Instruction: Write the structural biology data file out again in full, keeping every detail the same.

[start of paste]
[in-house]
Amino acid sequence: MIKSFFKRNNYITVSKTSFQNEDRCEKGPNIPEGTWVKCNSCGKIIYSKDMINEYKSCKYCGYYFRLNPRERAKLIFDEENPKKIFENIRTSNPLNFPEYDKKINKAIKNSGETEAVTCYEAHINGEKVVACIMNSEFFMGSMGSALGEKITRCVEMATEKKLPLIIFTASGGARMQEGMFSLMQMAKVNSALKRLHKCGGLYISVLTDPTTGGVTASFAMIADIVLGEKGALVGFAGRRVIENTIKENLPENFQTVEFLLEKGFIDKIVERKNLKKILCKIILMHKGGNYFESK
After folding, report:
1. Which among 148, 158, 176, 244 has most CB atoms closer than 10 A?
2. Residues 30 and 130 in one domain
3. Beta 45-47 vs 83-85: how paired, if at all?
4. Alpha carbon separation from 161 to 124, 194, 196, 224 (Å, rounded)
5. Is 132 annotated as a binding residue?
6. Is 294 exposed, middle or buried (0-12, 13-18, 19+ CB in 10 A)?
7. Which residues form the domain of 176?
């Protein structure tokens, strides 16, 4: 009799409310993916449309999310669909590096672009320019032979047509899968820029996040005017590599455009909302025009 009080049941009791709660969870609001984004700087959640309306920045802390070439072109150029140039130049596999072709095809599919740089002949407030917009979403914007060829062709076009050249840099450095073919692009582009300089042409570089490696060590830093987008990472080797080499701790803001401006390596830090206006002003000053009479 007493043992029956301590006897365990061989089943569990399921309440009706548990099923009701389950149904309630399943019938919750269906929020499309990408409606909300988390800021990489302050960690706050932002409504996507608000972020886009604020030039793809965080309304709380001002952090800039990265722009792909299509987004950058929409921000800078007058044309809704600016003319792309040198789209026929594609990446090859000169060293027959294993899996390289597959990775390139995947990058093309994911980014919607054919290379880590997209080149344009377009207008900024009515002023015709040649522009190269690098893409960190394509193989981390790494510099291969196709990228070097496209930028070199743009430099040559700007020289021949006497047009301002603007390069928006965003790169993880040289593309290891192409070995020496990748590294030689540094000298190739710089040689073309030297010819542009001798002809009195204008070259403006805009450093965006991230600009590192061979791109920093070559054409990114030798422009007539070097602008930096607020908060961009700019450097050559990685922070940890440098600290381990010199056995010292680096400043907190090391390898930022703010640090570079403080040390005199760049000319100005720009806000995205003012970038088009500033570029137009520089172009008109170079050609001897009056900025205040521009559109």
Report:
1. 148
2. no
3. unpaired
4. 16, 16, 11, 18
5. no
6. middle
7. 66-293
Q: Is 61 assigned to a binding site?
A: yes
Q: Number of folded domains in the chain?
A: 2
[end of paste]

[in-house]
Amino acid sequence: MIKSFFKRNNYITVSKTSFQNEDRCEKGPNIPEGTWVKCNSCGKIIYSKDMINEYKSCKYCGYYFRLNPRERAKLIFDEENPKKIFENIRTSNPLNFPEYDKKINKAIKNSGETEAVTCYEAHINGEKVVACIMNSEFFMGSMGSALGEKITRCVEMATEKKLPLIIFTASGGARMQEGMFSLMQMAKVNSALKRLHKCGGLYISVLTDPTTGGVTASFAMIADIVLGEKGALVGFAGRRVIENTIKENLPENFQTVEFLLEKGFIDKIVERKNLKKILCKIILMHKGGNYFESK
After folding, report:
1. Which among 148, 158, 176, 244 has most CB atoms closer than 10 A?
2. Residues 30 and 130 in one domain
3. Beta 45-47 vs 83-85: how paired, if at all?
4. Alpha carbon separation from 161 to 124, 194, 196, 224 (Å, rounded)
5. Is 132 annotated as a binding residue?
6. Is 294 exposed, middle or buried (0-12, 13-18, 19+ CB in 10 A)?
7. Which residues form the domain of 176?
């Protein structure tokens, strides 16, 4: 009799409310993916449309999310669909590096672009320019032979047509899968820029996040005017590599455009909302025009 009080049941009791709660969870609001984004700087959640309306920045802390070439072109150029140039130049596999072709095809599919740089002949407030917009979403914007060829062709076009050249840099450095073919692009582009300089042409570089490696060590830093987008990472080797080499701790803001401006390596830090206006002003000053009479 007493043992029956301590006897365990061989089943569990399921309440009706548990099923009701389950149904309630399943019938919750269906929020499309990408409606909300988390800021990489302050960690706050932002409504996507608000972020886009604020030039793809965080309304709380001002952090800039990265722009792909299509987004950058929409921000800078007058044309809704600016003319792309040198789209026929594609990446090859000169060293027959294993899996390289597959990775390139995947990058093309994911980014919607054919290379880590997209080149344009377009207008900024009515002023015709040649522009190269690098893409960190394509193989981390790494510099291969196709990228070097496209930028070199743009430099040559700007020289021949006497047009301002603007390069928006965003790169993880040289593309290891192409070995020496990748590294030689540094000298190739710089040689073309030297010819542009001798002809009195204008070259403006805009450093965006991230600009590192061979791109920093070559054409990114030798422009007539070097602008930096607020908060961009700019450097050559990685922070940890440098600290381990010199056995010292680096400043907190090391390898930022703010640090570079403080040390005199760049000319100005720009806000995205003012970038088009500033570029137009520089172009008109170079050609001897009056900025205040521009559109």
Report:
1. 148
2. no
3. unpaired
4. 16, 16, 11, 18
5. no
6. middle
7. 66-293
Q: Is 61 assigned to a binding site?
A: yes
Q: Number of folded domains in the chain?
A: 2